A group of 11 young Australian vegetable growers has returned from a two-week industry leadership and development mission to New Zealand and California with a better understanding of the challenges that growers from around the world face in supplying fresh vegetables to their consumers, as well as new ideas on how to improve production practices back home.

The tour, led by AUSVEG, gave growers the chance to visit leading vegetable growers, researchers, agribusinesses and supermarkets in New Zealand’s North Island and California. As a strategic levy investment under the Hort Innovation Vegetable Fund, this industry leadership and development mission had a strong focus on exposing the tour’s young participants to the latest innovations taking place in the global industry and extending their networks with some of the region’s leading vegetable producers.

After arriving in Wellington, the group travelled by bus to Otaki/Levin, Hawke’s Bay and Pukekohe growing regions, visiting some of the Island’s leading growers – big and small, conventional and organic.

The group was also treated to a presentation from Plant & Food Research New Zealand on research undertaken on disease suppressive soils and visited multiple supermarkets to inspect the quality of produce on display, with much of the produce on shelves coming from the growers had visited during the previous few days.

Check out some photos from the group’s visits throughout the tour, including leading growing operations on New Zealand’s North Island and in California in the United States of America.

After a busy week in New Zealand, the group travelled to Los Angeles, where it was able to tour the facilities of Toro’s Riverside factory to look at the latest in drip irrigation technology, before making its way to Bakersfield to visit two of the world’s leading carrot producers, Bolthouse Farms and Grimmway Farms.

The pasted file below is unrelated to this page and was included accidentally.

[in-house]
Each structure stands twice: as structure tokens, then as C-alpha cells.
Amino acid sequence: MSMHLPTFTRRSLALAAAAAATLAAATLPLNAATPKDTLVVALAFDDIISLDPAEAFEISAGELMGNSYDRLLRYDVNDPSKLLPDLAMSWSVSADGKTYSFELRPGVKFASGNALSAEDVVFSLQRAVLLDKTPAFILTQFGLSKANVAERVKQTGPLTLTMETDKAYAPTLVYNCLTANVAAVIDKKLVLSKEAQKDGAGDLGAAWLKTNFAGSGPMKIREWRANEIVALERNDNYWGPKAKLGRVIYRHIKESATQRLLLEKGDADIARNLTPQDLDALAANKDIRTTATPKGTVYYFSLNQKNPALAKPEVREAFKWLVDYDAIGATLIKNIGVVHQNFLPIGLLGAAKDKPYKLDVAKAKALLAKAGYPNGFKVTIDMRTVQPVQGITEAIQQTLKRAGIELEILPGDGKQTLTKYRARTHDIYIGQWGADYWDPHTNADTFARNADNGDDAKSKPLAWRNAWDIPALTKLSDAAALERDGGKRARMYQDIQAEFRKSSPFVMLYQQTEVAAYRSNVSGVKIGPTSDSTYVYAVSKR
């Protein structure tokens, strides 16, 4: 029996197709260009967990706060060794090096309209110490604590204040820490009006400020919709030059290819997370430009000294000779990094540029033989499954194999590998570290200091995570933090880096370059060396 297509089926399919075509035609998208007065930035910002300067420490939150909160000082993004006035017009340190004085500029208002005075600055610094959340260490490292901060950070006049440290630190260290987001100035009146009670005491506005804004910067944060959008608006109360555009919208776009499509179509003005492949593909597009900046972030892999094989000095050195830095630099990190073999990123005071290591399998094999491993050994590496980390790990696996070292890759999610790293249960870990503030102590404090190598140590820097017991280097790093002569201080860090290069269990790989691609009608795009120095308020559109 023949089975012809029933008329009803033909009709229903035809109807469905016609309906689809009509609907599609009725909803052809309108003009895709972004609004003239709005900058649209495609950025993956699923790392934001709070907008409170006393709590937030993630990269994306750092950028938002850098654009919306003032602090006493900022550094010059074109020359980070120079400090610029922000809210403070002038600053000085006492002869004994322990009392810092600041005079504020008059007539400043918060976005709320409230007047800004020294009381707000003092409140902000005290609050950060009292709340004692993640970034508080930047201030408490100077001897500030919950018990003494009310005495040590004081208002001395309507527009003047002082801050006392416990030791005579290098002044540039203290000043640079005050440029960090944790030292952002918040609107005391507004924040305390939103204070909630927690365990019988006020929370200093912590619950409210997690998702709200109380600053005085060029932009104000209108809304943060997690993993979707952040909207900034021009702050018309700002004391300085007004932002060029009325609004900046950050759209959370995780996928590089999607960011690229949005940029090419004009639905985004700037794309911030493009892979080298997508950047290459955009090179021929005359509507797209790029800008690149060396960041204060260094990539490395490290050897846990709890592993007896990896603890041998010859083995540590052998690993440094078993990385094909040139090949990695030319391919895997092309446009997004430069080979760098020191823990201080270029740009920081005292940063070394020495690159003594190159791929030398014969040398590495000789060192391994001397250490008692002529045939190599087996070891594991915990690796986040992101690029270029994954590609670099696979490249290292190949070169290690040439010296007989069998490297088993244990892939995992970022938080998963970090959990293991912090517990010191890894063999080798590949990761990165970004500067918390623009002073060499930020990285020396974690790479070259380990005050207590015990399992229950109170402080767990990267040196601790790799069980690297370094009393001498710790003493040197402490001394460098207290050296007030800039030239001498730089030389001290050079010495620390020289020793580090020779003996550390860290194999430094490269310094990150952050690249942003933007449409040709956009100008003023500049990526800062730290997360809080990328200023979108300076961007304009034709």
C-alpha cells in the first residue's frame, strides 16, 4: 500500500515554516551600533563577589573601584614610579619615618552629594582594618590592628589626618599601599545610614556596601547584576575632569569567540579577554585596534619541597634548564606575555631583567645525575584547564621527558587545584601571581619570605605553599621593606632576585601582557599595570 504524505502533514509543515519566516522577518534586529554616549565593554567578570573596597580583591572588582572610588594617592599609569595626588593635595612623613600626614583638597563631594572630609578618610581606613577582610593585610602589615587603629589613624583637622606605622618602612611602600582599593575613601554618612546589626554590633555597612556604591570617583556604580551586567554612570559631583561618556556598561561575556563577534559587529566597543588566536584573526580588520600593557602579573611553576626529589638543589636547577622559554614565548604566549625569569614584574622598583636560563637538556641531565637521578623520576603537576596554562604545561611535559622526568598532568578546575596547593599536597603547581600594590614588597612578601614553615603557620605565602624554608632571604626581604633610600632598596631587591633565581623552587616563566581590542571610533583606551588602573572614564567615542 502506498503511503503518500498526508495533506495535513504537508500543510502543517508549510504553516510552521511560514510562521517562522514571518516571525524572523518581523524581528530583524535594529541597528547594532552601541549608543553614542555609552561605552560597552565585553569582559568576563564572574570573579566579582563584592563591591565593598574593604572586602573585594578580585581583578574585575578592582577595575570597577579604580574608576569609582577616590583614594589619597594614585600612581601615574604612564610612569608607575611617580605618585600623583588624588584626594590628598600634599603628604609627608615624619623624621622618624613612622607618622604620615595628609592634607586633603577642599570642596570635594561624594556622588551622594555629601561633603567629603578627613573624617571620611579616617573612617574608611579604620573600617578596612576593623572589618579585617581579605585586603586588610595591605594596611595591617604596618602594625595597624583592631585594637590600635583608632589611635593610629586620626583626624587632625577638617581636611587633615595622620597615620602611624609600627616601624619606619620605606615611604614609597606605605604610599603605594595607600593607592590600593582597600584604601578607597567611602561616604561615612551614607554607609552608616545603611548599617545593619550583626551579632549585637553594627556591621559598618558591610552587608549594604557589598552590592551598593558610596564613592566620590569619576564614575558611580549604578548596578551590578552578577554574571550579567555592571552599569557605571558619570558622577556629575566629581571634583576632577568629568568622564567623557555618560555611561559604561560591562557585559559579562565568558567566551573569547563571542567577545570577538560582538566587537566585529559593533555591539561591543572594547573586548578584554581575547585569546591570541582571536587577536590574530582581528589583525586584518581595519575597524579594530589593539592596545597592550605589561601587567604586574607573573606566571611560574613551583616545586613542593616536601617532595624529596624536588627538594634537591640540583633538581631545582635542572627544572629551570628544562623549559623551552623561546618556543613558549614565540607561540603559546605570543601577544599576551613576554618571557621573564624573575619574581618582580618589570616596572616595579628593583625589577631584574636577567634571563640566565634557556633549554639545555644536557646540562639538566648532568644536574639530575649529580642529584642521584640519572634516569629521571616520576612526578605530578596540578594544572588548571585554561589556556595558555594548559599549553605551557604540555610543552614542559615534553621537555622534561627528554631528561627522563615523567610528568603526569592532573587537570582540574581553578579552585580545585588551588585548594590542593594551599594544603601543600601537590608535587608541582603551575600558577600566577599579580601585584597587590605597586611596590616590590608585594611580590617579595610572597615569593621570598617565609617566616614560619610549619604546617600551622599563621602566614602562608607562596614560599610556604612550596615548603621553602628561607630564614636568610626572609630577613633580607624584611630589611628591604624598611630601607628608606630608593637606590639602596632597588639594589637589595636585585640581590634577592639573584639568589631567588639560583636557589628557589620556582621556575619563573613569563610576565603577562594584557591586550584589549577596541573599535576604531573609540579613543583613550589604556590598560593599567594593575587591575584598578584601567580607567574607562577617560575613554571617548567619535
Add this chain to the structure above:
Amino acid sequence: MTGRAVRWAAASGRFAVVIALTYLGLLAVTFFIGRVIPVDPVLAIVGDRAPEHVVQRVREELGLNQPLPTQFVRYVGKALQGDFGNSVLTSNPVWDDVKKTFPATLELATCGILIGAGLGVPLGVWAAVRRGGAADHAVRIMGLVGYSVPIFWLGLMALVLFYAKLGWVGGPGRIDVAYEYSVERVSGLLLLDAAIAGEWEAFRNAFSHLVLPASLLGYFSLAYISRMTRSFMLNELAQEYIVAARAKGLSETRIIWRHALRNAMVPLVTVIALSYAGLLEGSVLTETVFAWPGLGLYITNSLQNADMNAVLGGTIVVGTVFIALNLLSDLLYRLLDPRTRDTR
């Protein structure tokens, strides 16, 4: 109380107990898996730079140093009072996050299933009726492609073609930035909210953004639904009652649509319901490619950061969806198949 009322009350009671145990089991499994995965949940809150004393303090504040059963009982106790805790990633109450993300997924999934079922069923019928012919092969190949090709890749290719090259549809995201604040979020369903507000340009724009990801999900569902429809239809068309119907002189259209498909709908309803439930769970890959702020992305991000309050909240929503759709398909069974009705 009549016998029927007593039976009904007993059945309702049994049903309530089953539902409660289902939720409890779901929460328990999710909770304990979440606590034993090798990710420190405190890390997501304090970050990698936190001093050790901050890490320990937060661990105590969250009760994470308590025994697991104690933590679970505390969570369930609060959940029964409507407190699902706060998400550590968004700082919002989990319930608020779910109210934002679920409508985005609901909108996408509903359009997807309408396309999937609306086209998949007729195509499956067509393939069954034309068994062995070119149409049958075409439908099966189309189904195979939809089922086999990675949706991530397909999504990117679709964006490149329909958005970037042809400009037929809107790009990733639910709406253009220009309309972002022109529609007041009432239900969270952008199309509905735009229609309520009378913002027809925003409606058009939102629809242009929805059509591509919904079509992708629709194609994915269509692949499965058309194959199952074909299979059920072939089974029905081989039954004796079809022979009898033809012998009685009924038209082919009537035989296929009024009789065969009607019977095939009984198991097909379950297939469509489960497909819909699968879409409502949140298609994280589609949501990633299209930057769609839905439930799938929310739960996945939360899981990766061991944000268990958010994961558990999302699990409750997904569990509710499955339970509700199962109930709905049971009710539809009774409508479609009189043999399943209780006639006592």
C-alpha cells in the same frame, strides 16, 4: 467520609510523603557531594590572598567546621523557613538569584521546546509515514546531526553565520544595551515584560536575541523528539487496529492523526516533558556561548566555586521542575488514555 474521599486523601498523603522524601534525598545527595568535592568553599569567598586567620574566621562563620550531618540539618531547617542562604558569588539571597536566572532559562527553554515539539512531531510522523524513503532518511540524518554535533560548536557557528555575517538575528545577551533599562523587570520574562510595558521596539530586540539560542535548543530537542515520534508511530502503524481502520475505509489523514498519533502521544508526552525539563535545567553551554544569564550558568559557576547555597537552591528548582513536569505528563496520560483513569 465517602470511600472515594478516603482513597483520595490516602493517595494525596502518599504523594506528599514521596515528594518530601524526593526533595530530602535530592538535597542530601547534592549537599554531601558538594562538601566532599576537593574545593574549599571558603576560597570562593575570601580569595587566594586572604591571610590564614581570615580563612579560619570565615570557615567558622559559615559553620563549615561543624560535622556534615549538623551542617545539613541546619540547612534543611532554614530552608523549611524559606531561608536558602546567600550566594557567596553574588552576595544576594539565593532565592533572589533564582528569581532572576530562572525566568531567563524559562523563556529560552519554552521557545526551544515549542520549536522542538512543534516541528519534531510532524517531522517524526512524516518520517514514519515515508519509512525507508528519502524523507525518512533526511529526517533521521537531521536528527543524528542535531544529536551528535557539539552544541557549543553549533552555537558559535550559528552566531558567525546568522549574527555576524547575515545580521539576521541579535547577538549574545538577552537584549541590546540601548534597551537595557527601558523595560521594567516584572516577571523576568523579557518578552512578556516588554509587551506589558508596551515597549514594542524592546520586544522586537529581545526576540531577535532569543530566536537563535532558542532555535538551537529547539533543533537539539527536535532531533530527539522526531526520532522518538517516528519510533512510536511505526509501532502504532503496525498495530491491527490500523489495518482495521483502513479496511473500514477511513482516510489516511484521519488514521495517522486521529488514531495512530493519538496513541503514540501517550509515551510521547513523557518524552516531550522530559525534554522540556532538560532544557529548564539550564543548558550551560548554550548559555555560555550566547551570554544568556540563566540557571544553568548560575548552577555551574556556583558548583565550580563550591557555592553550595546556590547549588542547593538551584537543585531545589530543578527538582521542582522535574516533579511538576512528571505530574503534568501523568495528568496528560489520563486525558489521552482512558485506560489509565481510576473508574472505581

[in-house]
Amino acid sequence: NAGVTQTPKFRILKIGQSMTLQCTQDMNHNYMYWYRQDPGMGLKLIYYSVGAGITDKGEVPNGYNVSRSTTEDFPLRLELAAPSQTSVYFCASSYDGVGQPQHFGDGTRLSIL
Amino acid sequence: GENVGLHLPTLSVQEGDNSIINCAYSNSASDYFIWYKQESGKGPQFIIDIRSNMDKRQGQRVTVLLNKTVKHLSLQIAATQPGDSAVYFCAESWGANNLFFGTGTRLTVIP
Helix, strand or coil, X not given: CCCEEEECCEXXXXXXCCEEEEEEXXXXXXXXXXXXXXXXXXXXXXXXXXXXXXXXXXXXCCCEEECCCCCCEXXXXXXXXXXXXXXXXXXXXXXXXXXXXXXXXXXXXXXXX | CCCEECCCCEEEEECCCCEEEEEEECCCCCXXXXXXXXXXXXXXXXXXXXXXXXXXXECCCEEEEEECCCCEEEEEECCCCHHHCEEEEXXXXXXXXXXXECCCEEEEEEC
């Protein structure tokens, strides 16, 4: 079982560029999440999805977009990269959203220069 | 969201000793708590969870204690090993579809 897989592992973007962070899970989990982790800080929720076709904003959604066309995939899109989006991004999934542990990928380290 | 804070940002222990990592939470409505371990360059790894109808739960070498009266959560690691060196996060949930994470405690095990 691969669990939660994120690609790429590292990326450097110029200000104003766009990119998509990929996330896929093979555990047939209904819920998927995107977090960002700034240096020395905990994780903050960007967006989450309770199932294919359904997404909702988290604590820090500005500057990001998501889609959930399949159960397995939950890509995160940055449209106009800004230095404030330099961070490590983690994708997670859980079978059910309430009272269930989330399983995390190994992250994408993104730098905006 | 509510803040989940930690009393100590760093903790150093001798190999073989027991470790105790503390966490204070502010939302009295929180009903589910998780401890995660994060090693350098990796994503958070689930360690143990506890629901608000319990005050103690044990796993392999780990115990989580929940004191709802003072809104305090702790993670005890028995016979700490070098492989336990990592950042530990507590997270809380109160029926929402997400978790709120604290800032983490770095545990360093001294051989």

After a day visiting farms in Bakersfield, the group travelled to Salinas, the Salad Bowl of America. While in Salinas, growers visited two major vegetable-growing operations, Rio Farms (as well as King City Nursery) and Tanimura and Antle. While at Tanimura and Antle, the group was fortunate enough to get a field demonstration of its PlantTape automated transplanting system. The group also received a presentation from the Western Growers Centre for Innovation and Technology on the ag-tech companies starting up in California that are working to combat the biggest issues facing growers in their region.

To round out the tour, the group also visited the Sacramento headquarters of leading agribusinesses Monsanto and Bayer Crop Science, where both companies provided the group with tours of their facilities and the opportunity to network with scientists to learn more about their products and the unique challenges facing growers in Australia.

More details on the tour will be detailed in an upcoming edition of Vegetables Australia, so keep an eye out for more information in the coming weeks!

A snapshot of New Zealand vegetable retail and some of the produce lines being offered in-store in New Zealand supermarkets.